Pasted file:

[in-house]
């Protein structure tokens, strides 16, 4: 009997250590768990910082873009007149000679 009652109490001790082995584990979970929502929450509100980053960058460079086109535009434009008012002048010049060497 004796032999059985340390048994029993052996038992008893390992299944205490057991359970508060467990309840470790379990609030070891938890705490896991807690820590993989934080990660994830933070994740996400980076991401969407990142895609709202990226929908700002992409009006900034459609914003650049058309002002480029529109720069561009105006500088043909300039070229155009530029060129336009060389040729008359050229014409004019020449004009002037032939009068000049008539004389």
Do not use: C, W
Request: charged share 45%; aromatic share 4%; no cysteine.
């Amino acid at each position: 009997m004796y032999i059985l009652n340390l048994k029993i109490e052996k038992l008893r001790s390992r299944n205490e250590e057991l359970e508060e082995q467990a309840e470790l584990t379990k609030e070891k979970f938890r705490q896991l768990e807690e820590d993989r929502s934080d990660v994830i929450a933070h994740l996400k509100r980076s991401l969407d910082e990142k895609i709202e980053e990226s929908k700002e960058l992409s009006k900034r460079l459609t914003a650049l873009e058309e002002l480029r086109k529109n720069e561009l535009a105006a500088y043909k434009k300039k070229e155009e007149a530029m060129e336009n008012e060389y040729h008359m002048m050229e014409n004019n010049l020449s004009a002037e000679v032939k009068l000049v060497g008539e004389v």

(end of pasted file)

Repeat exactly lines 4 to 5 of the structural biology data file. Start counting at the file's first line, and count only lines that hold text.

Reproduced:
Request: charged share 45%; aromatic share 4%; no cysteine.
């Amino acid at each position: 009997m004796y032999i059985l009652n340390l048994k029993i109490e052996k038992l008893r001790s390992r299944n205490e250590e057991l359970e508060e082995q467990a309840e470790l584990t379990k609030e070891k979970f938890r705490q896991l768990e807690e820590d993989r929502s934080d990660v994830i929450a933070h994740l996400k509100r980076s991401l969407d910082e990142k895609i709202e980053e990226s929908k700002e960058l992409s009006k900034r460079l459609t914003a650049l873009e058309e002002l480029r086109k529109n720069e561009l535009a105006a500088y043909k434009k300039k070229e155009e007149a530029m060129e336009n008012e060389y040729h008359m002048m050229e014409n004019n010049l020449s004009a002037e000679v032939k009068l000049v060497g008539e004389v």